Film

'L'Immortelle' (1963)

Look at her looking.


L'Immortelle

Director: Alain Robbe-Grillet
Cast: Francoise Brion, Jacques Doniol-Valcroze
Distributor: Kino Lorber
Rated: Not rated
Year: 1963
USDVD release date: 2014-04-01

L'Immortelle begins as it means to continue: a series of fragmentary, disorienting scenes of a man gazing helplessly upon a fetishized, smiling, mysterious woman in a variety of locations around Istanbul. The opening montage of shots create an imaginary time and space through editing of glances and gestures across obviously disparate moments. The result is dreamlike and obsessive in very sharp, arid black and white. If these first moments don't warn you away, you are helplessly under the movie's spell. The rest of the film expands these scenes without explaining them: a man has a series of frustrating encounters, and evidently a sexual affair, with an elusive woman who might possibly be a spirit. At the very least, she's a Symbol.

This is the first feature to be both written and directed by novelist Alain Robbe-Grillet. He made this around the same time as he scripted Last Year at Marienbad, and the similarities are unavoidable and pleasurable. As the camera glides about, the characters sometimes stand like statues, and we can't be sure if a given scene is happening "now" or merely in the man's memory as he ruefully rifles the past for clues. Often characters look directly into the camera, and an especially startling example comes at the very beginning, when the woman's sudden blink alarms the viewer with the thought that she's alive, not a mere photograph, and that she's been watching us as intently as we've looked at her.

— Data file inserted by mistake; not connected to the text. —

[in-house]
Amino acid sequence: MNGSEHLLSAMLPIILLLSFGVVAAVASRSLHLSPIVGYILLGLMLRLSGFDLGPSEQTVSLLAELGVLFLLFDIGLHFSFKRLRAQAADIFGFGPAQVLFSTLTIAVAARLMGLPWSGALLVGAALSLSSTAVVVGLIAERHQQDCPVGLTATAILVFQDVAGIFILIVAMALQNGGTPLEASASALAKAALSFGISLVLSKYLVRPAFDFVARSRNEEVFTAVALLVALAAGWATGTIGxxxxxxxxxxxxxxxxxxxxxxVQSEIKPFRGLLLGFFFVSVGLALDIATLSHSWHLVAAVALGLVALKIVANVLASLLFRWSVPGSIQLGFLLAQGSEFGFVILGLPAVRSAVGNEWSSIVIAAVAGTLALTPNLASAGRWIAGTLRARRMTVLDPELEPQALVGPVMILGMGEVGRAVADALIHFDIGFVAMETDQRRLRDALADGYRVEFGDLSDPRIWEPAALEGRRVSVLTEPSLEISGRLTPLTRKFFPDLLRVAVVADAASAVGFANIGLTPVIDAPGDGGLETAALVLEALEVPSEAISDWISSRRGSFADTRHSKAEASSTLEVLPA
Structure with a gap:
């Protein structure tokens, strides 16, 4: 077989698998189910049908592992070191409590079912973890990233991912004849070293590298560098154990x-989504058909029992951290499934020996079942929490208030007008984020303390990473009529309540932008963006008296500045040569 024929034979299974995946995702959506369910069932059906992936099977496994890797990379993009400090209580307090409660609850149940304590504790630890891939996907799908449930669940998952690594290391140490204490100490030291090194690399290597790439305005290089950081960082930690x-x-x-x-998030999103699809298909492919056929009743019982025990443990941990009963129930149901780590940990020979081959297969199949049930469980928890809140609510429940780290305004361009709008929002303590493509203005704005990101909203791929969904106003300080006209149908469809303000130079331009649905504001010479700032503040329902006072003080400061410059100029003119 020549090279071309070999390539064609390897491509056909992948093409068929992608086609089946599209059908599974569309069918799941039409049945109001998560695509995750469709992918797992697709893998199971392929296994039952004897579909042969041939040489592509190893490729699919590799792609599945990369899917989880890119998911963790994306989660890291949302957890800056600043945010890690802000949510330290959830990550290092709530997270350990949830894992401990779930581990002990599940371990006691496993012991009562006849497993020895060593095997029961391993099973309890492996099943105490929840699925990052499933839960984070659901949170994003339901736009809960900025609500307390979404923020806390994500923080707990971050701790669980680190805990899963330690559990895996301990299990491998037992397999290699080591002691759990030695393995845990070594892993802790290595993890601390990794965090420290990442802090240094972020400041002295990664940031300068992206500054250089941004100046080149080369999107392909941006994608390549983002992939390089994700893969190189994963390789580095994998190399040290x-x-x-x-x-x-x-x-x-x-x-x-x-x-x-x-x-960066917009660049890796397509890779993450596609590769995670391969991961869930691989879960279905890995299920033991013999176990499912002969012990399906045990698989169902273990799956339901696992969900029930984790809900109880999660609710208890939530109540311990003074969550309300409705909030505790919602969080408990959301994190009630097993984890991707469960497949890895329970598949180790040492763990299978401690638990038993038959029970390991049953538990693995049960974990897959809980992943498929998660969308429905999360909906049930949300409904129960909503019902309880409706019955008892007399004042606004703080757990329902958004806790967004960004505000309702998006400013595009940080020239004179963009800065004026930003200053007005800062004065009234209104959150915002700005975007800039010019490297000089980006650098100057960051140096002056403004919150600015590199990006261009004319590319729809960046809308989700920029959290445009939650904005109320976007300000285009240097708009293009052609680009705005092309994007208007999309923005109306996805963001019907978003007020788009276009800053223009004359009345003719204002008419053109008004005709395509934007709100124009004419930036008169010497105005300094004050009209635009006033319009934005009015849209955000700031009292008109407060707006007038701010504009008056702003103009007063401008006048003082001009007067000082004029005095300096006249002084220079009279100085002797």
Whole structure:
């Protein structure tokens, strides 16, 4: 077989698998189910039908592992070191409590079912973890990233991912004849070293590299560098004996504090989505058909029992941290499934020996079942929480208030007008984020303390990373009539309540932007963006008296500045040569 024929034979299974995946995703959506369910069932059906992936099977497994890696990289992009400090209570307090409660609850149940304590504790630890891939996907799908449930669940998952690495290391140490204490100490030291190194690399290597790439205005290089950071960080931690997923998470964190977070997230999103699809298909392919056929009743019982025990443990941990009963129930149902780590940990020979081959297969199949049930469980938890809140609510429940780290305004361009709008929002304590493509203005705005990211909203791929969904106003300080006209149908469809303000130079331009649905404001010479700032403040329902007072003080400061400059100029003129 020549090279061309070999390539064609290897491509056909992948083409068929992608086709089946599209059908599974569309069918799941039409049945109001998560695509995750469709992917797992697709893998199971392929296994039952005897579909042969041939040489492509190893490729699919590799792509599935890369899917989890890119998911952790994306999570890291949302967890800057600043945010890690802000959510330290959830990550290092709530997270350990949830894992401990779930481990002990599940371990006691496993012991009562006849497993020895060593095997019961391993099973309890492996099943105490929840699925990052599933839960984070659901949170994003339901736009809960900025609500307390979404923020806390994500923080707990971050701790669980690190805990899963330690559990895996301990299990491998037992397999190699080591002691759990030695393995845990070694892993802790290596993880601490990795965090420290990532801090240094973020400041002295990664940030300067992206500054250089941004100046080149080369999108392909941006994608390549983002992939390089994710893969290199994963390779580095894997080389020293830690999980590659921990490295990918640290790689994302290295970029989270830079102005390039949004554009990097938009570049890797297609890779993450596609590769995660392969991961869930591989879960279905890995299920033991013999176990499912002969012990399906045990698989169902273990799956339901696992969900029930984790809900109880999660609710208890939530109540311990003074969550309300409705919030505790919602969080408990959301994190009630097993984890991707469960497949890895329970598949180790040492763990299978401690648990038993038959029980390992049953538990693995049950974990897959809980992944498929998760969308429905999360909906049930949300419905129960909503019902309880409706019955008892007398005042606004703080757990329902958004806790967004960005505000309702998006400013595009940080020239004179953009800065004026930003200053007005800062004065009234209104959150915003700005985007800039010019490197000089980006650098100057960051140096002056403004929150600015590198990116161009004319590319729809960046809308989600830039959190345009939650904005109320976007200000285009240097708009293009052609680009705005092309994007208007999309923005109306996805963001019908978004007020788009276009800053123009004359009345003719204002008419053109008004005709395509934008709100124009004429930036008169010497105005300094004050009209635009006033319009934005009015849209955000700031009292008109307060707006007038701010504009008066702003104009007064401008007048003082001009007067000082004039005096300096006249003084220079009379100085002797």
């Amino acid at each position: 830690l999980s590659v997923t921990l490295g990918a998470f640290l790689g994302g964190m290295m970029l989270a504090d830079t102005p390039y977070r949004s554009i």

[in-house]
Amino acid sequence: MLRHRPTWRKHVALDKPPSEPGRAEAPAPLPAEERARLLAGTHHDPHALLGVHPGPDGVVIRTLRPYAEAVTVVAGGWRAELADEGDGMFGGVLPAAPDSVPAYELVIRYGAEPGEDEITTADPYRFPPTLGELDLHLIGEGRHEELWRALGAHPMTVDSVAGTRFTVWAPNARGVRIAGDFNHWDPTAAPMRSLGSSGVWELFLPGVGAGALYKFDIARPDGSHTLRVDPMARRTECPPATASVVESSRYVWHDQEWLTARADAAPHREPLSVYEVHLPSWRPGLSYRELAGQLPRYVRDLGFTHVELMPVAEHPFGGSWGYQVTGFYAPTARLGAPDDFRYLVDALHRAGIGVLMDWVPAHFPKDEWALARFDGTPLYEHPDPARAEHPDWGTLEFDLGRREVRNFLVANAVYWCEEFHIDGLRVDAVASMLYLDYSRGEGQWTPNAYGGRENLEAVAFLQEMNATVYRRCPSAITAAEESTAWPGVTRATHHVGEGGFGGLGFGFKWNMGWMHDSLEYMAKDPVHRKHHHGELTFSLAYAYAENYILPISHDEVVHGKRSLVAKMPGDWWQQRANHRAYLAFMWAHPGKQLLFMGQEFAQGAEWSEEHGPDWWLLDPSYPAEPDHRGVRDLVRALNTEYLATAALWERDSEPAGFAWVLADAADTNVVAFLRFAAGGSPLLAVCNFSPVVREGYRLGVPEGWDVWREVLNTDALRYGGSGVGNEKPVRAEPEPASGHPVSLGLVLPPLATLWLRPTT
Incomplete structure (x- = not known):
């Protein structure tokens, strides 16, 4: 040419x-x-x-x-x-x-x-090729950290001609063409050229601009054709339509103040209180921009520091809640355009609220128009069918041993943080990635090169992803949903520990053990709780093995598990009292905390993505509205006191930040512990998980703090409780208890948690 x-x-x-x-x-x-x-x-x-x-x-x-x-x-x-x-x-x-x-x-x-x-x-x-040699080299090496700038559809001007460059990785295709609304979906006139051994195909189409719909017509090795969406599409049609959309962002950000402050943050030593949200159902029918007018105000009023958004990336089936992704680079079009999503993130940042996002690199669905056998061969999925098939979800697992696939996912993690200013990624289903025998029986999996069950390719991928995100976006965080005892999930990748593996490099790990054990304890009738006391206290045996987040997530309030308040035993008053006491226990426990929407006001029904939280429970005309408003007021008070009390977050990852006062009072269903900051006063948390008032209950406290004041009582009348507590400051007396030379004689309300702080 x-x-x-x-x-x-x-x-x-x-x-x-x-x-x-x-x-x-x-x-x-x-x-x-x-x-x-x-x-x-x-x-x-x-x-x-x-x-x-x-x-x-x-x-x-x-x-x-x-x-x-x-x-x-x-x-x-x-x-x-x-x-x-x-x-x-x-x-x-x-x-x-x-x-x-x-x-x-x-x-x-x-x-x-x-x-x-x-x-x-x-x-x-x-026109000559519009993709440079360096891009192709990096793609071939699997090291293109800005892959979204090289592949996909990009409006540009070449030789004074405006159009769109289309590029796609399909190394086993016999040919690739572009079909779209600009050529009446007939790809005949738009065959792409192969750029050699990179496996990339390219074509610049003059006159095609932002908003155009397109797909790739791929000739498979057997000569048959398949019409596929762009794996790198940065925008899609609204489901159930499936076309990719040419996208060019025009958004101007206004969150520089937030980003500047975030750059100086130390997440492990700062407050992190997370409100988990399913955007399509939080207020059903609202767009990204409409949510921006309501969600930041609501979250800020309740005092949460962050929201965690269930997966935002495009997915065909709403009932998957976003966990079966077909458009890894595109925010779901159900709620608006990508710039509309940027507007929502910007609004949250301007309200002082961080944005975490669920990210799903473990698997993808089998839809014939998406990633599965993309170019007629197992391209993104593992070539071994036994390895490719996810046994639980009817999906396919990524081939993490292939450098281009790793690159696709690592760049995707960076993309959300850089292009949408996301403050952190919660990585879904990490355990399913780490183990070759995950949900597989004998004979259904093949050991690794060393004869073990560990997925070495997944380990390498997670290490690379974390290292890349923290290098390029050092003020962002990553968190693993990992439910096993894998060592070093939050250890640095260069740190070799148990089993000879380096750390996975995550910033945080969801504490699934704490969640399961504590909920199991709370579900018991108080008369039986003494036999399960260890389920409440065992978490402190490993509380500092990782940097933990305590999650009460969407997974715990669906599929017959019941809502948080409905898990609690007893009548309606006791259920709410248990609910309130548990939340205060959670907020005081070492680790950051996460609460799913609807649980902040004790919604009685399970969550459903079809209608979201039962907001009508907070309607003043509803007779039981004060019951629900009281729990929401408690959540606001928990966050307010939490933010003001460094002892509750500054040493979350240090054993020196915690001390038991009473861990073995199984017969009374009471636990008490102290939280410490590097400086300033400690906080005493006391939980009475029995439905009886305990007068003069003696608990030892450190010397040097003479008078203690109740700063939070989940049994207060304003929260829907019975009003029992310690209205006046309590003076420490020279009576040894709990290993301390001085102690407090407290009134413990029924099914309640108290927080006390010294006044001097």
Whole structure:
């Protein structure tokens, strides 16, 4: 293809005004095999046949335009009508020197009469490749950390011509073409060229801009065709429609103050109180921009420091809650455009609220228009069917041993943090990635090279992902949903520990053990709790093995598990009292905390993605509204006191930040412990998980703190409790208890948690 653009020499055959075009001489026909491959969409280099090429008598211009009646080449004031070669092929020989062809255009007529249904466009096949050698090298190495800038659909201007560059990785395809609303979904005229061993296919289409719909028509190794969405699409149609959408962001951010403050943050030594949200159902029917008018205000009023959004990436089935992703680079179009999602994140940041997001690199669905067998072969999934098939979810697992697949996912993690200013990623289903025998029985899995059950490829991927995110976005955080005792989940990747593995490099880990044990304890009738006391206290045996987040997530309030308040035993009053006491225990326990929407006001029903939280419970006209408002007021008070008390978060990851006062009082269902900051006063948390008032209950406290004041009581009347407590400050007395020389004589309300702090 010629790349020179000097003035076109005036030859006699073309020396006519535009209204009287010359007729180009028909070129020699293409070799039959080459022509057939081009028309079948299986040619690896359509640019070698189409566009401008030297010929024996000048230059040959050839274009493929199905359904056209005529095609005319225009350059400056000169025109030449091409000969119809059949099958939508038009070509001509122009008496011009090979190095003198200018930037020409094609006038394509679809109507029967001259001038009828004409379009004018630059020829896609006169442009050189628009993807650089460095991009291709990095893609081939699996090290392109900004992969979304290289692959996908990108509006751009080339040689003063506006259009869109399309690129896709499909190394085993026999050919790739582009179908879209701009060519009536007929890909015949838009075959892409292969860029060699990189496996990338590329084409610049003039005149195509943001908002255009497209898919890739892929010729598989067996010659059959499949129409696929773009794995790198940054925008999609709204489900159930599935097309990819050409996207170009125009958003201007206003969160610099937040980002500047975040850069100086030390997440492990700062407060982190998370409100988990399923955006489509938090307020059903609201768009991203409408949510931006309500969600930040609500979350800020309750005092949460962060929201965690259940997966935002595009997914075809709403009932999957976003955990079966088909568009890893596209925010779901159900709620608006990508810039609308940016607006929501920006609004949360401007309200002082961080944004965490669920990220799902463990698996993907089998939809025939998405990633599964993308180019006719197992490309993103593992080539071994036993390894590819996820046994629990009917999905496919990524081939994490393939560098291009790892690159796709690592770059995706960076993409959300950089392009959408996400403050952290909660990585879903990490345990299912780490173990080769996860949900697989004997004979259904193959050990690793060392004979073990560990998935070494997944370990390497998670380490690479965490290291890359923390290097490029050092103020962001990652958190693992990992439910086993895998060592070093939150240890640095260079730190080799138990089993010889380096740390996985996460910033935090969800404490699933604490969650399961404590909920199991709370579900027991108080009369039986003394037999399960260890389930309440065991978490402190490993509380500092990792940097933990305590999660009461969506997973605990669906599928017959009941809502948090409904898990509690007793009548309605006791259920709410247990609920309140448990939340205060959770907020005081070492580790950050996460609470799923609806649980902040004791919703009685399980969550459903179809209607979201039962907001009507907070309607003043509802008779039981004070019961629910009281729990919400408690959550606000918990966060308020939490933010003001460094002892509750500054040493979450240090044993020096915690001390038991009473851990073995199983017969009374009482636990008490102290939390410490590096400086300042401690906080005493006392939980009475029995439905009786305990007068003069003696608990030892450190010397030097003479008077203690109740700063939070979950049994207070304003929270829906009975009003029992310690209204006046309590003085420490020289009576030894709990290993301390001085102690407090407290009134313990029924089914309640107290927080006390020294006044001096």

At its most superficial level, this is about Woman the Eternal Enigma (as far as men are concerned). Even this cliché is well handled, nor should the erotic tease be discounted. More substantially, the woman is a symbol or allegory of "the exotic Orient" itself, for she constantly declares that none of this is happening and the postcard shots of Istanbul around them exist only in the imagination of this French visitor. More excitingly, the film explores Robbe-Grillet's themes of memory and illusion in a way that now seems crisp and beautiful, for we're used to narrative teases in deserted streets, even though many critics were bored at the time; even so, they gave it their prestigous Louis Delluc Prize, a fact over which Robbe-Grillet remained astounded.